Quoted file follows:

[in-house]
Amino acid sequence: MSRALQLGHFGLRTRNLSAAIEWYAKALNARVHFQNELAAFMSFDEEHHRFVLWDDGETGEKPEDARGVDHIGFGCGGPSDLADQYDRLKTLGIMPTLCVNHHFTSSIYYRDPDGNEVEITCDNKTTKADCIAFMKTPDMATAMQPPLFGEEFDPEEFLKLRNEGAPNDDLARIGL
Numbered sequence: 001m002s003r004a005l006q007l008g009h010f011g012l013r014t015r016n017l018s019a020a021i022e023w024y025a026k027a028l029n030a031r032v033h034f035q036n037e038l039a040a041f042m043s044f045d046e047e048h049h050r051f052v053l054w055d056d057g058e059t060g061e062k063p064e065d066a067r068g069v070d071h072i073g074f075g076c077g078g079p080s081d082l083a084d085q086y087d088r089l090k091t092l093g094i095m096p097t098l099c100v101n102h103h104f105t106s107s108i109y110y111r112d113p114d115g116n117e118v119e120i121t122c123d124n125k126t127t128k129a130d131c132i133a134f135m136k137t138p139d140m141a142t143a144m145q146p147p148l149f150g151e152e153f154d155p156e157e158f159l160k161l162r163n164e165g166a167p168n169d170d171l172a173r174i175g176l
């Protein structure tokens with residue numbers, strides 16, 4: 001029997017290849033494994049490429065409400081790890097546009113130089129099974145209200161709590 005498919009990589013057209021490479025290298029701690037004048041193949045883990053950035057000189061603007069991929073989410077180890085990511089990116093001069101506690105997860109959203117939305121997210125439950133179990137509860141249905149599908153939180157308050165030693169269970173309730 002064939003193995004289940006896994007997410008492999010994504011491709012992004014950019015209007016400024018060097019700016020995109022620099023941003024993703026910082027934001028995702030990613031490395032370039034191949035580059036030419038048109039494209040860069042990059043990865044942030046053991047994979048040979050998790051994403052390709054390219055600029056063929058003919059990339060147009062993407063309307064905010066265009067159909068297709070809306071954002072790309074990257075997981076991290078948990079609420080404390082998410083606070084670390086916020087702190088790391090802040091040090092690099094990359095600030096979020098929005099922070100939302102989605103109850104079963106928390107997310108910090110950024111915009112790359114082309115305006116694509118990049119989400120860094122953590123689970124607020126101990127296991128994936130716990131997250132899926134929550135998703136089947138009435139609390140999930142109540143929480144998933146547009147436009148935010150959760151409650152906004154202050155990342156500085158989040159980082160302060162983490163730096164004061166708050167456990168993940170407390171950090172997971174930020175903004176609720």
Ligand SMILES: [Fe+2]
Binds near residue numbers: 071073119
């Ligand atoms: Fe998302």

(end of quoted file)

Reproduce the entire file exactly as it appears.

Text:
[in-house]
Amino acid sequence: MSRALQLGHFGLRTRNLSAAIEWYAKALNARVHFQNELAAFMSFDEEHHRFVLWDDGETGEKPEDARGVDHIGFGCGGPSDLADQYDRLKTLGIMPTLCVNHHFTSSIYYRDPDGNEVEITCDNKTTKADCIAFMKTPDMATAMQPPLFGEEFDPEEFLKLRNEGAPNDDLARIGL
Numbered sequence: 001m002s003r004a005l006q007l008g009h010f011g012l013r014t015r016n017l018s019a020a021i022e023w024y025a026k027a028l029n030a031r032v033h034f035q036n037e038l039a040a041f042m043s044f045d046e047e048h049h050r051f052v053l054w055d056d057g058e059t060g061e062k063p064e065d066a067r068g069v070d071h072i073g074f075g076c077g078g079p080s081d082l083a084d085q086y087d088r089l090k091t092l093g094i095m096p097t098l099c100v101n102h103h104f105t106s107s108i109y110y111r112d113p114d115g116n117e118v119e120i121t122c123d124n125k126t127t128k129a130d131c132i133a134f135m136k137t138p139d140m141a142t143a144m145q146p147p148l149f150g151e152e153f154d155p156e157e158f159l160k161l162r163n164e165g166a167p168n169d170d171l172a173r174i175g176l
């Protein structure tokens with residue numbers, strides 16, 4: 001029997017290849033494994049490429065409400081790890097546009113130089129099974145209200161709590 005498919009990589013057209021490479025290298029701690037004048041193949045883990053950035057000189061603007069991929073989410077180890085990511089990116093001069101506690105997860109959203117939305121997210125439950133179990137509860141249905149599908153939180157308050165030693169269970173309730 002064939003193995004289940006896994007997410008492999010994504011491709012992004014950019015209007016400024018060097019700016020995109022620099023941003024993703026910082027934001028995702030990613031490395032370039034191949035580059036030419038048109039494209040860069042990059043990865044942030046053991047994979048040979050998790051994403052390709054390219055600029056063929058003919059990339060147009062993407063309307064905010066265009067159909068297709070809306071954002072790309074990257075997981076991290078948990079609420080404390082998410083606070084670390086916020087702190088790391090802040091040090092690099094990359095600030096979020098929005099922070100939302102989605103109850104079963106928390107997310108910090110950024111915009112790359114082309115305006116694509118990049119989400120860094122953590123689970124607020126101990127296991128994936130716990131997250132899926134929550135998703136089947138009435139609390140999930142109540143929480144998933146547009147436009148935010150959760151409650152906004154202050155990342156500085158989040159980082160302060162983490163730096164004061166708050167456990168993940170407390171950090172997971174930020175903004176609720």
Ligand SMILES: [Fe+2]
Binds near residue numbers: 071073119
């Ligand atoms: Fe998302």